motivations. But in many ways my holy cause didn't give a full return because my life still had much lacking; primarily my understanding of my self worth.

As a natural consequence to my paradigm shift, I lost interest in church-related activities. This was evidence to me that I had never truly received a "knowledge of the truthfulness" that the Church was true. After all, if I believe it to be true, shouldn't faith support me through all trials and all experiences in life? I won't deny that I have had many wonderful, spiritual experiences that made me feel that the Church was right, but with my new set of reality glasses, I realized perfectionism was replaced with cynicism and ultimately if I desired to stay in the Church I would need a holier reason than the vanity of perfectionism.

As my interest in the Church faded, I found that I replaced my activities of devotion with self serving activities.
Every culture has its strengths and weaknesses; virtues and vices. I fell prey to one of the greatest sicknesses of American culture. I began to seek entertainment. Not that entertainment in arbitrarily wrong, but there is a growing threat to the civil society of the American people because of the desire to be entertained rather than contribute to a cause or a lifestyle or belief system. This often leads to an emptiness that is nearly insatiable. Unfortunately, all too often people attempt to fill this void, but like a black hole this void draws the elements and does not let go. I began to feed myself with the disease of consumerism -purchasing this or that without thought for need or personal economy. And so I began working so that I could spend. I began to live beyond my means to support myself because of this insatiable hunger for value in my life. I used to be very wise with my money and considered it sacred. But now instead of self control with my money I entitle myself to entertainment or social status or style.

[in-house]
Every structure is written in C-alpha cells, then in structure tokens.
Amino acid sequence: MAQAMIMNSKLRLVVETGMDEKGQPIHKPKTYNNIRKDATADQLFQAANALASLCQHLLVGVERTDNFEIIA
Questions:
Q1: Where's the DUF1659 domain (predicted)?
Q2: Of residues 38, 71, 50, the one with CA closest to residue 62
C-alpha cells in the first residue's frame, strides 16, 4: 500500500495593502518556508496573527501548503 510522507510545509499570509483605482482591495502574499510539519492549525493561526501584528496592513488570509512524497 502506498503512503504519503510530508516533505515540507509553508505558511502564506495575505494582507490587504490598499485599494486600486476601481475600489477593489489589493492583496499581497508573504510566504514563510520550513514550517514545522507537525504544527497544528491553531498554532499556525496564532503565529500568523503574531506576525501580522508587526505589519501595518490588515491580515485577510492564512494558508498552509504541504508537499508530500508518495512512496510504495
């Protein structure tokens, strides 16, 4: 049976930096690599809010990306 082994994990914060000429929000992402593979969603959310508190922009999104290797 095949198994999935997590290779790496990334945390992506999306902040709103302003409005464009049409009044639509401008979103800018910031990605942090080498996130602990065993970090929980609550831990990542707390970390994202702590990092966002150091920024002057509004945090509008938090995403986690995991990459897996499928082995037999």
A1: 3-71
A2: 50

It's taken me a while to realize what it is that my life still lacks despite my perceived wisdom in my paradigm shift of more than a year ago. I have lost my holy cause, the value
in my life as opposed to the value of my life. I realize that in order to truly be happy I need to find a holy cause. One of the greatest losses to the value of my life when I left the church was feeling like I was part of something greater than myself. I felt like I was important to the Church and I felt needed by others. Feeling unneeded has made me feel lonely at times and a desire to receive attention from others. This need to receive love and attention in a holy or righteous way may explain some of my most saddening and desperate moments in my recent history. I made some pretty bad choices in which I sacrificed my hard earned money and more importantly, my personal values -all for the sake of feeling needed.